Wednesday, 07 September 2011 10:32

Few See Hope in European Crisis

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The global economy is facing a meltdown, according to World Bank President Robert Zoellick. “We are moving into a dangerous period,” he told Bloomberg Television at a Singapore interview. The chances of an American recession are made increasingly likely by the danger of an economic implosion in the eurozone.

“I believe the U.S. will have slow growth[;] I don’t believe it will move to a double dip, but these things are very hard to predict because if you have events trigger uncertainty in Europe, that will flow back to the U.S.,” Zoellick noted, mentioning that the success of the eurozone “depends on the political decisions moving forward. He added:

Sometimes people hope that you can muddle through by providing financing and liquidity, in the case of Europe, from the European Financial Stability Facility or the European Central Bank. They now recognize that’s not going to happen and instead what you see is with some of the weaker economies, that the austerity policies are pushing them into slower and slower growth and so this could be a downward spiral.

The World Bank President’s commented appear intended to prompt Europe’s political leaders into taking whatever actions are necessary to halt the sovereign debt crisis that now appears to seriously threaten Italy, the seventh largest economy in the world. Italian state bonds have lost value for 11 straight days, though fluctuation up and down is the typical pattern of securities on the open market. Although a trend line in a positive or negative direction over time is standard, very seldom does a particular security instrument move in the same direction every single day for over two weeks of trading.

Almost as troubling has been the fall of Asian stocks and American futures. Both have fallen for five straight days. Tharman Shanmugaratnam, Minister of Finance for Singapore, said growth in the United States and Europe may be about one percent. “We’re already at stall speed in the U.S. and Europe, which means we’re now more likely than not to see a recession.”

One impact of the crumbling of EU and American economic confidence, as well as the value of the currencies of those two, is that the Swiss franc has risen steadily as investors, seeking some safe haven for their portfolio, have bought Swiss francs and driven the value of that stable currency higher. As a consequence of that, the Swiss National Bank pegged the franc to 1.2 francs per euro and announced that it would buy unlimited quantities of other currencies to maintain the position of the franc. It is not just Swiss francs that have been viewed as a good investment in these uncertain times. Swiss stocks have also risen steadily as the stocks of the eurozone and of America have dropped.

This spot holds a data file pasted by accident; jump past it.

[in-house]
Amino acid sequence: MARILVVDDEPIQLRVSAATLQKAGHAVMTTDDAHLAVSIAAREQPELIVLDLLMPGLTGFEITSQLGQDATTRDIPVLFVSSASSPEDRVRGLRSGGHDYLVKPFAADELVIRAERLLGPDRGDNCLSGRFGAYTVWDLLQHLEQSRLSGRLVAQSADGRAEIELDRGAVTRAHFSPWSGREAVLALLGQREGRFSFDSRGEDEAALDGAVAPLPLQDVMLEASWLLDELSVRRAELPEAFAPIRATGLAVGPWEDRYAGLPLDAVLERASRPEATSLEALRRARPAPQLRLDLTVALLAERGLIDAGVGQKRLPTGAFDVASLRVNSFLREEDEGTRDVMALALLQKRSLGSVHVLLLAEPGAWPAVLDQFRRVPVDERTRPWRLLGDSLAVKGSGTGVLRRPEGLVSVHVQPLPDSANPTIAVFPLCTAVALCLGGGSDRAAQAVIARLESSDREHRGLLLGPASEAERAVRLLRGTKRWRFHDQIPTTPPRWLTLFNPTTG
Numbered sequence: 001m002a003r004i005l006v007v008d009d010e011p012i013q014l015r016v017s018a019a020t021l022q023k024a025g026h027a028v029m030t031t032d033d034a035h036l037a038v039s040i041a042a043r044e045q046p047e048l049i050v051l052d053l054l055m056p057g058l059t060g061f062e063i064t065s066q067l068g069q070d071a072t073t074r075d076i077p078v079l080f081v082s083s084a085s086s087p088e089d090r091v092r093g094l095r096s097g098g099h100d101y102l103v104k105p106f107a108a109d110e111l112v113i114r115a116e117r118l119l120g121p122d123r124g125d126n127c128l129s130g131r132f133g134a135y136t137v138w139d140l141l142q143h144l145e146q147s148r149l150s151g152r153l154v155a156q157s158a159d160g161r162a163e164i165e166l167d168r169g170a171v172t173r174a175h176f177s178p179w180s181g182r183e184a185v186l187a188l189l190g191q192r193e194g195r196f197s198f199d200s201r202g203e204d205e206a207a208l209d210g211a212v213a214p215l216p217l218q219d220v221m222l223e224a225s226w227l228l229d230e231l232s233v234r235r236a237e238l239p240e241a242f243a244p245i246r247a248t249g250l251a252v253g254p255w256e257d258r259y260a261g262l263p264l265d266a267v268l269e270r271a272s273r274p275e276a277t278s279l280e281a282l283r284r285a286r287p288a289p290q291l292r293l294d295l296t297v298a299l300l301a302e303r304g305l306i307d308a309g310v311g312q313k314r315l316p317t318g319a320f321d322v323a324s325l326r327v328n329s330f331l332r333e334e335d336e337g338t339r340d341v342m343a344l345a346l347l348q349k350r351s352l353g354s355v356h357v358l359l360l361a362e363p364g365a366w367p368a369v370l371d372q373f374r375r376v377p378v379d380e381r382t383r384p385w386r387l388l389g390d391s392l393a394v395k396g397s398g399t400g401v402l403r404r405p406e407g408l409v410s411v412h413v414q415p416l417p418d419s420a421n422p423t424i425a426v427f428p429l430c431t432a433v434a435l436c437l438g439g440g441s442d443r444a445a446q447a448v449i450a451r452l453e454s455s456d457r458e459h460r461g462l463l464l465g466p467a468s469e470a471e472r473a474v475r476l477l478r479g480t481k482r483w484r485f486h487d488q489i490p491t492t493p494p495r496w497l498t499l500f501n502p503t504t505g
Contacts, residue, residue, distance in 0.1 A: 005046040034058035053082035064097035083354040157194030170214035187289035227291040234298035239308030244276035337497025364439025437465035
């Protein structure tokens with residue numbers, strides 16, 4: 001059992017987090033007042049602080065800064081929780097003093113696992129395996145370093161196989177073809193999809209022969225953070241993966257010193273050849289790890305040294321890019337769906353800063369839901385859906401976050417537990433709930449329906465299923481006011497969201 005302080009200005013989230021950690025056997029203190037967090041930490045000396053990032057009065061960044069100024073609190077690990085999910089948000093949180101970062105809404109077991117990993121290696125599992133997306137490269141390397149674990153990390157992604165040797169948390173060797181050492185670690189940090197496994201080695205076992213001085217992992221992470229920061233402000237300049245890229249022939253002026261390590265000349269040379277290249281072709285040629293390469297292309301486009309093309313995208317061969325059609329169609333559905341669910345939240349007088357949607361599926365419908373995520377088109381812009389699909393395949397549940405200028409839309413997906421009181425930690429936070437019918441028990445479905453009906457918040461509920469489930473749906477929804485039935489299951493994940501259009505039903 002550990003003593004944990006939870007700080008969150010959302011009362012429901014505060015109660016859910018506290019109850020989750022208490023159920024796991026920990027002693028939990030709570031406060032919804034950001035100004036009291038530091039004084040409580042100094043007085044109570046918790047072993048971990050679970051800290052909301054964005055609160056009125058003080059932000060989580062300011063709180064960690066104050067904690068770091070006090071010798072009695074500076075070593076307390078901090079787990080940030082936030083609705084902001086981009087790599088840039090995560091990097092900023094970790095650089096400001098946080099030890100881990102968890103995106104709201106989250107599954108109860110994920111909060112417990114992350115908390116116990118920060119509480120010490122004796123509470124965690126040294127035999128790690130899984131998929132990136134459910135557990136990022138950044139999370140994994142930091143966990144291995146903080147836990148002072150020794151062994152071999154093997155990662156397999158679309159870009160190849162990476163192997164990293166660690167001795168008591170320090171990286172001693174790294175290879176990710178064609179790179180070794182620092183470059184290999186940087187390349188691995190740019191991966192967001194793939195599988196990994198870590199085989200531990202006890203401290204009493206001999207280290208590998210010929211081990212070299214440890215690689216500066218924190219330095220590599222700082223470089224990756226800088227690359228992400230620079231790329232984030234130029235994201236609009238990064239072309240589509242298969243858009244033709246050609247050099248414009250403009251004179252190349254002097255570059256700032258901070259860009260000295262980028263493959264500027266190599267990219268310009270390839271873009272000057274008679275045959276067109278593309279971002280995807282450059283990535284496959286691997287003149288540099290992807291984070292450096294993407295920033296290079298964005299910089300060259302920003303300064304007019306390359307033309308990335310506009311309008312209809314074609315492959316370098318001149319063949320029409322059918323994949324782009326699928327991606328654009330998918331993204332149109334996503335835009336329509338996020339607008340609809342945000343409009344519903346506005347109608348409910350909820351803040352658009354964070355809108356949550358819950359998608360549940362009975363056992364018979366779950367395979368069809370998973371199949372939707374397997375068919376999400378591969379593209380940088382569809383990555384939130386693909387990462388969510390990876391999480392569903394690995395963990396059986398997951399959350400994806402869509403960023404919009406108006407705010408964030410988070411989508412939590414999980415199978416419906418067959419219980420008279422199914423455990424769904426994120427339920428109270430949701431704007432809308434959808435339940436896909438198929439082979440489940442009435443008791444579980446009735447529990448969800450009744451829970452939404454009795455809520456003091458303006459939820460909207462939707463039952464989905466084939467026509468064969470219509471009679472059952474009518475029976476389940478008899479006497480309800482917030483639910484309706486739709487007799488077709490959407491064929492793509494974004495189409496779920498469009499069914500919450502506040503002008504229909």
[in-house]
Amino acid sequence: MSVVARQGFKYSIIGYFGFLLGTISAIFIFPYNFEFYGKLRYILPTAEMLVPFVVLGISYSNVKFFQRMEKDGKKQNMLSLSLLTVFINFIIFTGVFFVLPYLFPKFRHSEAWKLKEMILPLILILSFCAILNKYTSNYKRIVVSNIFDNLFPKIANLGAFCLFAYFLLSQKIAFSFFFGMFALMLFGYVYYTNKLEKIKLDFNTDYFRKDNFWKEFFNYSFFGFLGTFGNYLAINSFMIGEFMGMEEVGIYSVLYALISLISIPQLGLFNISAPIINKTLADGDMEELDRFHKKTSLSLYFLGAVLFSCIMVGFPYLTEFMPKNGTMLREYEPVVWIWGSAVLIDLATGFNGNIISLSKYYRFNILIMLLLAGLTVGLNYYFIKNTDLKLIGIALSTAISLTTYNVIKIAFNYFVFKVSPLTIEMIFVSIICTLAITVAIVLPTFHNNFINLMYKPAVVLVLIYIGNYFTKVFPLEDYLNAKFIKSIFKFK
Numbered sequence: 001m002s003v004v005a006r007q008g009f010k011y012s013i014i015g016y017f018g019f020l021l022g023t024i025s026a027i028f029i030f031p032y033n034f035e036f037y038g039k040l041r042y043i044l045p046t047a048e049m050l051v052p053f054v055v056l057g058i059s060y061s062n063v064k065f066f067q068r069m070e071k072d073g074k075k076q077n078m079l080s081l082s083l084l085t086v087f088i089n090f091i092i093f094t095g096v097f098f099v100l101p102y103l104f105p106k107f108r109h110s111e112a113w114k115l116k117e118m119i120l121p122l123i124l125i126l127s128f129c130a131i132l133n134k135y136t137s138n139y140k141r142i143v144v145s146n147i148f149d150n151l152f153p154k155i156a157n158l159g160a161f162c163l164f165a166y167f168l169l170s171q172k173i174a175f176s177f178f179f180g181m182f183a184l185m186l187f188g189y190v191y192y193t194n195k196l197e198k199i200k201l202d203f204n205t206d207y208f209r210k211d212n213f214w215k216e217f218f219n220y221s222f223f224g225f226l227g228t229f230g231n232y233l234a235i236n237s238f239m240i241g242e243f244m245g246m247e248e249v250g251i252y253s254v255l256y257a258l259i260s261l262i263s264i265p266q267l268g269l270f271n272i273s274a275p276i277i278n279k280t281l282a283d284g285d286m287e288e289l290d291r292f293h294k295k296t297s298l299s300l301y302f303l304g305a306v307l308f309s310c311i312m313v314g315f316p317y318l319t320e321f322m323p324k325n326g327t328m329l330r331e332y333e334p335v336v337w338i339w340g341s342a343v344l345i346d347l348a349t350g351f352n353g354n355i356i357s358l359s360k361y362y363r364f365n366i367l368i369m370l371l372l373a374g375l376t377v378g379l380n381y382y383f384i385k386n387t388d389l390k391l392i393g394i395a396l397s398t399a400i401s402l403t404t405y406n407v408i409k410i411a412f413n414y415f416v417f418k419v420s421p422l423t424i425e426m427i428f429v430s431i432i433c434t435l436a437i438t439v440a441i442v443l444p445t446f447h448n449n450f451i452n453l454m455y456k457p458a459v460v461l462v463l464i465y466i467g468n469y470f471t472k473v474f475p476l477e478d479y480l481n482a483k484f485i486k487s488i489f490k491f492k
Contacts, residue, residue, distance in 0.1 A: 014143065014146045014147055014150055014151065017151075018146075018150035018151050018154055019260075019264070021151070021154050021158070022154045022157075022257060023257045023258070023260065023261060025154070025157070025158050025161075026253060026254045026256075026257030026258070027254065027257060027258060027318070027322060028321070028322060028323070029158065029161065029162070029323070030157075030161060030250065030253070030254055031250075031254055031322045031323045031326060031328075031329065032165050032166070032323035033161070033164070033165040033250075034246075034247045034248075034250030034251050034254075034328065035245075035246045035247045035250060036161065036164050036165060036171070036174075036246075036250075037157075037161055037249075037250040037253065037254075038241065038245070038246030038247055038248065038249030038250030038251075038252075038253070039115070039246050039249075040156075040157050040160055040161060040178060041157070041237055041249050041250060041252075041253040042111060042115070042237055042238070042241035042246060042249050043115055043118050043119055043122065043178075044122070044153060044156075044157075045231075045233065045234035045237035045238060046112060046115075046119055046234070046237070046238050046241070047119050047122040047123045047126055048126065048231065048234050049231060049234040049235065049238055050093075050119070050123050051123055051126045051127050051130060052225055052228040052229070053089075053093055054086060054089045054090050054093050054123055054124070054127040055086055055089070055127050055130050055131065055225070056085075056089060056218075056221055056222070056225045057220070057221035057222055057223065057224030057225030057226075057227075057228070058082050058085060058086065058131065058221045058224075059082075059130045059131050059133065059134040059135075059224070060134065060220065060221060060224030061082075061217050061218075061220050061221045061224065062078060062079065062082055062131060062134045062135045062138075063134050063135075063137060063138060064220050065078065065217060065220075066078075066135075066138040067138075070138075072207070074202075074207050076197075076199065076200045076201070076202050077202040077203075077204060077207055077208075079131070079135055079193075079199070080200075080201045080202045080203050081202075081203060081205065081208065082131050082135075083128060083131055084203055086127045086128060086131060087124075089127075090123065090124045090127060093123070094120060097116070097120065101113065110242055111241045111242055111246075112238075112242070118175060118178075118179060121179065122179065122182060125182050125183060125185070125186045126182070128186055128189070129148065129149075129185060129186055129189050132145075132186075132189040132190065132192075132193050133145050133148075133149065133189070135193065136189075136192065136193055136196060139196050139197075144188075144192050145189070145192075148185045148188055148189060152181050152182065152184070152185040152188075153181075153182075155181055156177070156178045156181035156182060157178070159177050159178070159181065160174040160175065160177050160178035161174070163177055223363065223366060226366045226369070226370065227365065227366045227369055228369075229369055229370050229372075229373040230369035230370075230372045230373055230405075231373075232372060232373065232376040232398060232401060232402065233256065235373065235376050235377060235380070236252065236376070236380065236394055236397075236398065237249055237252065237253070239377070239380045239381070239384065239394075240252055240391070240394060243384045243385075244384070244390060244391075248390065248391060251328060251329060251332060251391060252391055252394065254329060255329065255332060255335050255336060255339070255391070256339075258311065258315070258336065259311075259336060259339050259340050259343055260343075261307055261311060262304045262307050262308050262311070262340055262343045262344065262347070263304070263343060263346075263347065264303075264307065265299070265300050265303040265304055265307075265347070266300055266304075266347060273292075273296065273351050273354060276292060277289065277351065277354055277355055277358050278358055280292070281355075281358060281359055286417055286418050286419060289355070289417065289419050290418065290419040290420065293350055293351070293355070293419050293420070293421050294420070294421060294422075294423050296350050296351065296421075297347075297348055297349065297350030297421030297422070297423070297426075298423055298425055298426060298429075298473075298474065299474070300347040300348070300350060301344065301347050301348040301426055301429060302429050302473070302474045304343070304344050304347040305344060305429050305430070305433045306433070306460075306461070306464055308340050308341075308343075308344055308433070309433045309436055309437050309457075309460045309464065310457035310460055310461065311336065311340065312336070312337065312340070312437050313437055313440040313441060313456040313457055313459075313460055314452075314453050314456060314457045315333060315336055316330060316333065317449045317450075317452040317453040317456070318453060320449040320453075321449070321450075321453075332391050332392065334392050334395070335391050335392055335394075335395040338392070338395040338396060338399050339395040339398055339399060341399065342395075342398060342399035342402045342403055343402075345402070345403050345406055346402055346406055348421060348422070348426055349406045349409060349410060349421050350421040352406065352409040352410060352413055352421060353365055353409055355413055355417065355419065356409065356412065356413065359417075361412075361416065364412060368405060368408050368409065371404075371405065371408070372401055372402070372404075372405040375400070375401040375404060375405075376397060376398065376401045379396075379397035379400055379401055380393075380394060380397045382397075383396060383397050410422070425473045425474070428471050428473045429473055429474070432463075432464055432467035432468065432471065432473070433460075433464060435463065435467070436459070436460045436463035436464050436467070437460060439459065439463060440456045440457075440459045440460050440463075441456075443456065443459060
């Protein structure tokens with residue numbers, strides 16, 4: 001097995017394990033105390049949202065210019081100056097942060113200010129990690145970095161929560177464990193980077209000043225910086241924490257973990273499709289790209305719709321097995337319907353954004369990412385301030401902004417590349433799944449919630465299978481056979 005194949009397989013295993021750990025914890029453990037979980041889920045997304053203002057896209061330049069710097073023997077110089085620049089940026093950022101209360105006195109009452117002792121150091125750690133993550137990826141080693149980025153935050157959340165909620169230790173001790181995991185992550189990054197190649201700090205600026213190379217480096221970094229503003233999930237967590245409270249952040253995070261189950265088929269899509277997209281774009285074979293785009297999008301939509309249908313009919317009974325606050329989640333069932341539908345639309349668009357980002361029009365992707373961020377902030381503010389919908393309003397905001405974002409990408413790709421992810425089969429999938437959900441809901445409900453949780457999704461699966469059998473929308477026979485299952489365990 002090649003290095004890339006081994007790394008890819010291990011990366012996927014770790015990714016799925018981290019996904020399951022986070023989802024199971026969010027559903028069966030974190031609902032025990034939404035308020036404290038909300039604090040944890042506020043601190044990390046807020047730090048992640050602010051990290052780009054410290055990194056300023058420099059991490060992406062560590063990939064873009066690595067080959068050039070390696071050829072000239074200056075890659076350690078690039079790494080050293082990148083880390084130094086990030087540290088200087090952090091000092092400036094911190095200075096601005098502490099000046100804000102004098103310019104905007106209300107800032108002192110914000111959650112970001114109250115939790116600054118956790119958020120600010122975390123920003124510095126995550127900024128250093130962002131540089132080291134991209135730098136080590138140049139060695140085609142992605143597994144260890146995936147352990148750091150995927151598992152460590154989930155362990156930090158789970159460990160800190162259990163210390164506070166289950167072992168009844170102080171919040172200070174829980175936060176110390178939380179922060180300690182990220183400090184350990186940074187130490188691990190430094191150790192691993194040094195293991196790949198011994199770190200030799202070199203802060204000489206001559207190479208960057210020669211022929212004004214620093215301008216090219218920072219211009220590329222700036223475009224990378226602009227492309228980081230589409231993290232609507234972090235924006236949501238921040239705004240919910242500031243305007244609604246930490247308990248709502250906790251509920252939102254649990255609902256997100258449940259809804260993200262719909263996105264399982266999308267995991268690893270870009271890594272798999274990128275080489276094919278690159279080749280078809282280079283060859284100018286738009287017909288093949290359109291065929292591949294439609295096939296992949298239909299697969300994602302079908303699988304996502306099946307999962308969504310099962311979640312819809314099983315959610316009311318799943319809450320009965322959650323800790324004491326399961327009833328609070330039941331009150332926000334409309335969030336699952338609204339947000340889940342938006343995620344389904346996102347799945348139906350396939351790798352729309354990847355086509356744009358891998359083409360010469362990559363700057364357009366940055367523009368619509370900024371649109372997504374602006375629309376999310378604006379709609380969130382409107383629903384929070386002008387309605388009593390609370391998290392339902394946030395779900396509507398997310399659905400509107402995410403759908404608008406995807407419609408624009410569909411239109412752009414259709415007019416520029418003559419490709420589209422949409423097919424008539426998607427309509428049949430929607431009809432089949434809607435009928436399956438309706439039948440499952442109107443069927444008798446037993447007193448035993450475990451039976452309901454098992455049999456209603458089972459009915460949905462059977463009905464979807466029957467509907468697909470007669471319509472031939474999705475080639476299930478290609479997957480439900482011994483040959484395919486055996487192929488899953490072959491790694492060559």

The Swiss move is widely interpreted as essential to enhance Swiss exports, which were being priced out of the world market by the dramatic rise of the franc. Switzerland is highly dependent upon trade with eurozone nations such as Italy, and if the value of its money rises too high, fewer customers will be able to buy its goods and services.

While the dangers to the economies of the European Union are clear, what is less clear is what at this point the governments of the union can do to prevent an economic recession. Germany, Finland, and the Netherlands are meeting at a high governmental level to discuss the demand of the Finnish government for collateral to cover any bailout of Greece. Meanwhile, the Italian Senate begins debate on an austerity plan proposed by the Berlusconi government, with the debate occurring during a protest strike.

Although Zoellick recognized the troubles of those economies, he tried to look for some silver lining in the current crisis. Ireland and Latvia, he noted, seemed to be on a “better path” and Spain has “taken a lot of important decisions.” That rosy talk cannot hide the fact that Greece today is practically in default. Short-term yields on Greek bonds have risen to astronomical levels — so high, in fact, that actual repayment of the principal and interest seems almost impossible. In late August, the interest rates on two-year Greek bonds had risen to a euro high of 45.91 percent and 10-year bonds were as high as 18.55 percent.

The Finn's skeptical attitude toward Greece's ability to repay its debts suggests that this frugal nation will be the first to simply refuse to participate any longer in what looks increasingly like a Greek ponzi scheme. Switzerland, another nation accustomed to paying its bills and maintaining a stable currency, appears as well to have “voted” on the prospects of the European Union providing a solid currency and containing the profound fiscal problems of the PIIGS member-states (Portugal, Ireland, Italy, Greece, and Spain).

More and more American analysts are looking at Europe as a certain drag on U.S. national economic security. European banks, which hold Greek, Italian, and Portuguese bonds as part of their portfolio, will almost certainly create a poor investment climate in Europe, and slow growth across the Atlantic means fewer customers for American goods. Not only is the European Union in a downward spiral, but those nations which tie their fate to its fate face a grim future as well. 
 

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